The Song of La Palice

From Wikipedia, the free encyclopedia
  (Redirected from The Song of la Palice)
Jump to: navigation, search

The Song of la Palice (in French: la chanson de la Palisse) is a burlesque song attributed to Bernard de la Monnoye (1641–1728) about alleged feats of French nobleman and military leader Jacques de la Palice (1470–1525). From that song came the French term lapalissade meaning an utterly obvious truth—i.e. a truism or tautology.

History of the song[edit]

Jacques de la Palice died in the battle of Pavia (1525), while fighting against the Spanish armies as a Marshal under Francis I. The epitaph on his tombstone reads[1]

Ci gît Monsieur de La Palice: Si il' n'était pas mort, il ferait encore envie.
("Here lies Sir de la Palice: If he wasn't dead, he would be still envied.")

Some sources[2] claim that the last two verses came from a song that his soldiers composed in his honor, which would have said something along these lines

Hélas ! La Palice est mort Alas! La Palice has died
Il est mort devant Pavie He died before Pavia
Helás ! Si il' n'était pas mort    Alas! If he wasn't dead,
Il ferait encore envie. He would still be envied.

Apparently the last verse was misread, intentionally or accidentally, as il serait encore en vie ("he would be still alive"). The misreading was due perhaps to the similarity between the lowercase letters "f" and "s" in the calligraphy of the time. In any case, not many years after the battle (which was a resounding fiasco for the French), a satirical song became widely popular in France,[3][4] which began like this:

Hélas ! La Palice est mort Alas! La Palice has died
Il est mort devant Pavie He died before Pavia
Helás ! Si il' n'estoit pas mort      Alas! If he wasn't dead
Il seroit encore en vie He would be still alive
 
Quand le roy partit de France, When the king departed from France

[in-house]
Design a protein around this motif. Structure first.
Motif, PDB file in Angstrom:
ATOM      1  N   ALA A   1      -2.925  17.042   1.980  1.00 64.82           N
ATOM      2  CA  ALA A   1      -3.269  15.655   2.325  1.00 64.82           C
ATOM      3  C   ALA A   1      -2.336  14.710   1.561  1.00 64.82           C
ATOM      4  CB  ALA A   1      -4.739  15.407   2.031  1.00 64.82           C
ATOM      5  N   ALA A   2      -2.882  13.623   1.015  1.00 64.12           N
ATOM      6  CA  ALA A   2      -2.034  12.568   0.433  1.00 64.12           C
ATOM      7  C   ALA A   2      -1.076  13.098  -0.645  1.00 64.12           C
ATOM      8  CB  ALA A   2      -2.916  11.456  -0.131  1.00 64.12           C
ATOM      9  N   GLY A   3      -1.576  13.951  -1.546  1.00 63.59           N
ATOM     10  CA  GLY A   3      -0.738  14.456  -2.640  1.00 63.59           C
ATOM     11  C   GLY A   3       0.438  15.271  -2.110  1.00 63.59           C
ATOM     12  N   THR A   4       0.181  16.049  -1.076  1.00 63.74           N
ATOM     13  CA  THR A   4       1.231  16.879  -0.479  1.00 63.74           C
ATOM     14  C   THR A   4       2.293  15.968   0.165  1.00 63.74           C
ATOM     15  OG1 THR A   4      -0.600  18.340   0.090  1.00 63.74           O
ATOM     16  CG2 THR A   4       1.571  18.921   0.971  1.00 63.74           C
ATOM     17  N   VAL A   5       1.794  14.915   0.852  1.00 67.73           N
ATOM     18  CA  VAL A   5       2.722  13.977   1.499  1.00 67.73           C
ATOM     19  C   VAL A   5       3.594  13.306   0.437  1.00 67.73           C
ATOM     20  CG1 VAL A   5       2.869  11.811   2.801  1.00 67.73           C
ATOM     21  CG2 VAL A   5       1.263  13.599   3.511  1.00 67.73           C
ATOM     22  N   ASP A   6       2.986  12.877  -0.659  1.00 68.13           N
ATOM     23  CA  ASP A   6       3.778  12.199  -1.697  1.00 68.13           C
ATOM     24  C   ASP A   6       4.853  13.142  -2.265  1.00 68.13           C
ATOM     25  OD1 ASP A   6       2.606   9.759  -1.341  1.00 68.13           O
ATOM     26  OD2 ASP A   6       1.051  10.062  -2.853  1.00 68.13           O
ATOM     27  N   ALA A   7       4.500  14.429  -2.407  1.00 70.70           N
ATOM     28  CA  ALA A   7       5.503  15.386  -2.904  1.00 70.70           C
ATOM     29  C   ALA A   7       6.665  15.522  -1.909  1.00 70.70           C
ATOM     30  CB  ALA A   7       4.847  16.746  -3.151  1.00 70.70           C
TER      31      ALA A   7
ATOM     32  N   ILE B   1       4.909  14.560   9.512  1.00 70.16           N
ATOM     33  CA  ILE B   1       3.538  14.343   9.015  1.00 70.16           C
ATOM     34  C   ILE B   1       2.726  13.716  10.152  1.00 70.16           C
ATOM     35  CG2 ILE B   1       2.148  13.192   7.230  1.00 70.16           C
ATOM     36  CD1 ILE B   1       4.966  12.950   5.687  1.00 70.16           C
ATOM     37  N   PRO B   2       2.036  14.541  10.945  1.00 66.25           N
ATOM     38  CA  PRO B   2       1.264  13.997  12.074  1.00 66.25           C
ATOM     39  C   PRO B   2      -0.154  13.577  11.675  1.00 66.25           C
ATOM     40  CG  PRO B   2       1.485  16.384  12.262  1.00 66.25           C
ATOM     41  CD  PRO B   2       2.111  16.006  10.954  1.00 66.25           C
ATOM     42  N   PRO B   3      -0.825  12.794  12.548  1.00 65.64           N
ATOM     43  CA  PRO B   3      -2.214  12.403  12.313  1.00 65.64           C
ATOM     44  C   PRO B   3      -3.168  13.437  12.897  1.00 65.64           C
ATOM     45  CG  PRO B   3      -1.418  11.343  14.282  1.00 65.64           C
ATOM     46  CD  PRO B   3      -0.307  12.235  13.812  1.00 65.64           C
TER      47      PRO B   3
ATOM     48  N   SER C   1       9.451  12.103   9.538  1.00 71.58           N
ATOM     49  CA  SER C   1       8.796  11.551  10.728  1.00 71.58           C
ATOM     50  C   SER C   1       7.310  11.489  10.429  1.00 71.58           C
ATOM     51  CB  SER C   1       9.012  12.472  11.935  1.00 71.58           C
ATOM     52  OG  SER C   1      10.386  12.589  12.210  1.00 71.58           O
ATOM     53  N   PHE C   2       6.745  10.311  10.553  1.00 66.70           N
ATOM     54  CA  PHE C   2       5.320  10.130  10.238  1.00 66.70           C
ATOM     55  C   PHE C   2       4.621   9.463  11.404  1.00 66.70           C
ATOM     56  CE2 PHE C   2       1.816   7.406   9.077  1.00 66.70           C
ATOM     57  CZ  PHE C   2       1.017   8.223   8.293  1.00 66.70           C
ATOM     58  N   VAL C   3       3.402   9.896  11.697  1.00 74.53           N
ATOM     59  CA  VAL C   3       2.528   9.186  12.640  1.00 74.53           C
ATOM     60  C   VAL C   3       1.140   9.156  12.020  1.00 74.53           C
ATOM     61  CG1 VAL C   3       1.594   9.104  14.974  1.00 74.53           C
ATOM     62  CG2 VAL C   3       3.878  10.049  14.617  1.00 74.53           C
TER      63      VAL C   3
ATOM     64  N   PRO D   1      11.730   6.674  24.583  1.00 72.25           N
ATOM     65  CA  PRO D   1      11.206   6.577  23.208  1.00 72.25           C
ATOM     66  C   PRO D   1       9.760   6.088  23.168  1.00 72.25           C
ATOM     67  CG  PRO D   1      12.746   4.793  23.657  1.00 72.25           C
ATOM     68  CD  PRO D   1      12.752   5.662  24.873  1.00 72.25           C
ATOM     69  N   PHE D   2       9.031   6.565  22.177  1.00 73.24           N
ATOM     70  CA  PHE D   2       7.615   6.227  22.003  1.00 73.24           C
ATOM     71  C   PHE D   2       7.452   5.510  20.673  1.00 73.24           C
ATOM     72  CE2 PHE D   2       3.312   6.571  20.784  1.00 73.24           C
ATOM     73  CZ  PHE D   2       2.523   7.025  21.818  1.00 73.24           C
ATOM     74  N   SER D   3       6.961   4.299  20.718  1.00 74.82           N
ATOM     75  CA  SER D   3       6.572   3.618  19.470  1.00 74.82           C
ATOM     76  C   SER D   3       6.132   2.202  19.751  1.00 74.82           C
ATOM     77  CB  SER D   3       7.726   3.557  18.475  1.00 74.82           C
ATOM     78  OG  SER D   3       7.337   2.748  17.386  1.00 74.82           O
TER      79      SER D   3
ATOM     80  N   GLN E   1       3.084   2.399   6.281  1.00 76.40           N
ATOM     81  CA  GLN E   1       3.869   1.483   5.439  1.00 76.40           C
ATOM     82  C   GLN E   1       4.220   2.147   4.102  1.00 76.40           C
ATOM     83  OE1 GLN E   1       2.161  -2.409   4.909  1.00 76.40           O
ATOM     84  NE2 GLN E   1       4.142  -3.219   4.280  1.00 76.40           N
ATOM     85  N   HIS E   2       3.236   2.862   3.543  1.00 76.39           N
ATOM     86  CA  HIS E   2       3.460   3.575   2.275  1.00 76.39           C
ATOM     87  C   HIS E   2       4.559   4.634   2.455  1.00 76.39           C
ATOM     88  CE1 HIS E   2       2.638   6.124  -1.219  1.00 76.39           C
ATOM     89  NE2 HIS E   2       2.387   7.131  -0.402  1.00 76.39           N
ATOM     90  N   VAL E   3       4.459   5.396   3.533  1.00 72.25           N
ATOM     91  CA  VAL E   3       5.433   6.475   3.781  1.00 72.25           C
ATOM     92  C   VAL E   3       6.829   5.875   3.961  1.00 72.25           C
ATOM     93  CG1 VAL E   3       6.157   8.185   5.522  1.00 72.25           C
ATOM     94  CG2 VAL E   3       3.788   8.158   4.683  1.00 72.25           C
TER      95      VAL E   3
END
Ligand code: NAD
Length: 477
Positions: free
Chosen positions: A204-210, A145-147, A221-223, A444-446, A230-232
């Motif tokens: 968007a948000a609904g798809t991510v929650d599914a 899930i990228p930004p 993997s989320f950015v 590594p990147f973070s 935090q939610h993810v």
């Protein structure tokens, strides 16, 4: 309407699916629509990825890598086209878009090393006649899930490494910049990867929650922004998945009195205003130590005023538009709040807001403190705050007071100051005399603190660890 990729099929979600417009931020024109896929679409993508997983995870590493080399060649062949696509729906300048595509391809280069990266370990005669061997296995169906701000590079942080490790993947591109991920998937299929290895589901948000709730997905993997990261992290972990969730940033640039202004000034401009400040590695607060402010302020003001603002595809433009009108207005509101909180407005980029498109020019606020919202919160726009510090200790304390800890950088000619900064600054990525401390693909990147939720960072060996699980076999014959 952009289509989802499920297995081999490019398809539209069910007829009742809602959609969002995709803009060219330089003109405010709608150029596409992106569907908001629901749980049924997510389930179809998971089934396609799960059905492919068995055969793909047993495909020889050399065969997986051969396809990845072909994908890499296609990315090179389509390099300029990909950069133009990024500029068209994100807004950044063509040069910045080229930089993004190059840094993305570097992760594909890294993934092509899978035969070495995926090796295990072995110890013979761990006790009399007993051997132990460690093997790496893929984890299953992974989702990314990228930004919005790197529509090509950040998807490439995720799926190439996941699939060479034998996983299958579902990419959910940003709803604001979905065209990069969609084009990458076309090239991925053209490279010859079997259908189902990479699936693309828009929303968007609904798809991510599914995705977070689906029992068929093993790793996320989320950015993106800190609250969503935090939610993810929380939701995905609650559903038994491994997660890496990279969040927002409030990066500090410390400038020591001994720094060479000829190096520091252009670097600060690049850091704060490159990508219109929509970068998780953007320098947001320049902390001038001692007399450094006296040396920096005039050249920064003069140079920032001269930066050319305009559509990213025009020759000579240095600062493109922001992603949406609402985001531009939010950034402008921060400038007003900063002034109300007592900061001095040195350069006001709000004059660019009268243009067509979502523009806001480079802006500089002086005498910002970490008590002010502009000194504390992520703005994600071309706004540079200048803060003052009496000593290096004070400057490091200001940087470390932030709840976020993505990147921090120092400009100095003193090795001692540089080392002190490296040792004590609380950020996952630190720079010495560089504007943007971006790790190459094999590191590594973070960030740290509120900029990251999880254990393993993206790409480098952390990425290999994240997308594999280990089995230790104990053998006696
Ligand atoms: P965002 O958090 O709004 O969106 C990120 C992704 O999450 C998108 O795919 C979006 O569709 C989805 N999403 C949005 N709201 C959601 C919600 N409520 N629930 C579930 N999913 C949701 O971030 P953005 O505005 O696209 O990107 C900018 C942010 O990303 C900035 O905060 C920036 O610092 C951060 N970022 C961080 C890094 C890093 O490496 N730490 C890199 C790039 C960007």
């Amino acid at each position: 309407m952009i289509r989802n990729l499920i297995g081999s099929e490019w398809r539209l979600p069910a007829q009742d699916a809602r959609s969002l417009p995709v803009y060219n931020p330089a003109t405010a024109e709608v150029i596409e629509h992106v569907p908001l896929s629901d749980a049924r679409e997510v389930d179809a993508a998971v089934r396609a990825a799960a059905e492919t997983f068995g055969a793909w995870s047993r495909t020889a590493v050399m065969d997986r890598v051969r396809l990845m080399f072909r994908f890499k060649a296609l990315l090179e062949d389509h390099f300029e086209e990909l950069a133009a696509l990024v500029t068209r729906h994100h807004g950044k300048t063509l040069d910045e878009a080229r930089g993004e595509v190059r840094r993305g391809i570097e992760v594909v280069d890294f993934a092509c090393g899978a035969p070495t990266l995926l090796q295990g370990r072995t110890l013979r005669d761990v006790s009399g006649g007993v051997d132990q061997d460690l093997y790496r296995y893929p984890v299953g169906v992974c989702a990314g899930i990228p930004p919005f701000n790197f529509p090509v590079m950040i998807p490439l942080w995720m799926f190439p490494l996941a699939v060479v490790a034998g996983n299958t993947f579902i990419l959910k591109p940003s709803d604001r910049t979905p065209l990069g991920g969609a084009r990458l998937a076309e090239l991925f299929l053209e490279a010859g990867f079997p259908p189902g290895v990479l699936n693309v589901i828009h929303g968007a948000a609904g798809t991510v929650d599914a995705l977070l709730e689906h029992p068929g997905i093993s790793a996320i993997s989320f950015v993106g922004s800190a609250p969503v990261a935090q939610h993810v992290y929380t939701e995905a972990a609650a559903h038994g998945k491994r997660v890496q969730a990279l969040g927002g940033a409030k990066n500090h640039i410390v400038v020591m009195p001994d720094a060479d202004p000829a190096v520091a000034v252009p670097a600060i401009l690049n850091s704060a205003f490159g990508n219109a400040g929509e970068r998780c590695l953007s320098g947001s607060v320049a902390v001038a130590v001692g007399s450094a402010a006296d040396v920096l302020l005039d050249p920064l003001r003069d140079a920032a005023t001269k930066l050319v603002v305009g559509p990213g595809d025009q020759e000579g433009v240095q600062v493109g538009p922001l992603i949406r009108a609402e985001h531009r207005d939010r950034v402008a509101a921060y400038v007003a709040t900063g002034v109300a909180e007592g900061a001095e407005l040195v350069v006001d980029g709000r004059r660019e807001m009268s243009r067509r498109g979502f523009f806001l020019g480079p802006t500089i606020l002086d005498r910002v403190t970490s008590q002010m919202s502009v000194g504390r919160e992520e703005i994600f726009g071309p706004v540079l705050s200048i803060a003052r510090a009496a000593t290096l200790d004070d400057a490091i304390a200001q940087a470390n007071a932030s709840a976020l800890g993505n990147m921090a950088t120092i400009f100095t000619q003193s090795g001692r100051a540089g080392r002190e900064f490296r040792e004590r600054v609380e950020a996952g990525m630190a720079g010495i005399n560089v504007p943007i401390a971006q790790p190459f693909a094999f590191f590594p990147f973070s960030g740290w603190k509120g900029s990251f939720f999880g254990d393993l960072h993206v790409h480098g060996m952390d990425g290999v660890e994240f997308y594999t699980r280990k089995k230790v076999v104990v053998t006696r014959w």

A la malheur il partit To his misfortune he went out
Il en partit la Dimanche, He departed on Sunday
Et le Lundy il fut pris. And on Monday he was captured.
 
Il en partit la Dimanche, He departed on Sunday
Et le Lundy il fut pris. And on Monday he was captured.
Rens, rens toy, roy de France, "Surrender, surrender, king of France,
Rens toy donc, car tu es pris. Surrender now, for you've been captured."
 
... ...

La Palice is not mentioned again in the song. Between the 16th and the 18th century, the first stanza of this song evolved and multiplied into a great many humorous quatrains, which attributed to Jacques several other similar feats, like his custom to always go in person when eating at his neighbors. An often-quoted example is[5]

Monsieur d'la Palisse est mort, Sir de la Palisse is dead,
Il est mort devant Pavie, He died before Pavia,
Un quart d'heure avant sa mort,   A quarter hour before his death,
il était encore en vie. He was still quite alive.

In the early 18th century the French poet Bernard de la Monnoye collected no less than 51 variants, which he joined into a comical song.[6] The song was a success at the time, but was then forgotten until its rediscovery in the 19th century by Edmond de Goncourt. Edmond is also credited with coining the French noun lapalissade. The word was eventually was borrowed into Italian as lapalissiano (adj.), and into Portuguese as lapaliçada (n.).

However, some sources have a different version: they claim that, somewhere between the 18th and 19th centuries, an unrelated song — originally a parody of the Chanson de Roland — was rewritten to refer to La Palice.[3][6]

Besides the long version attributd to de Monnoye, there is another version version collected by de Lincy[5][7][8]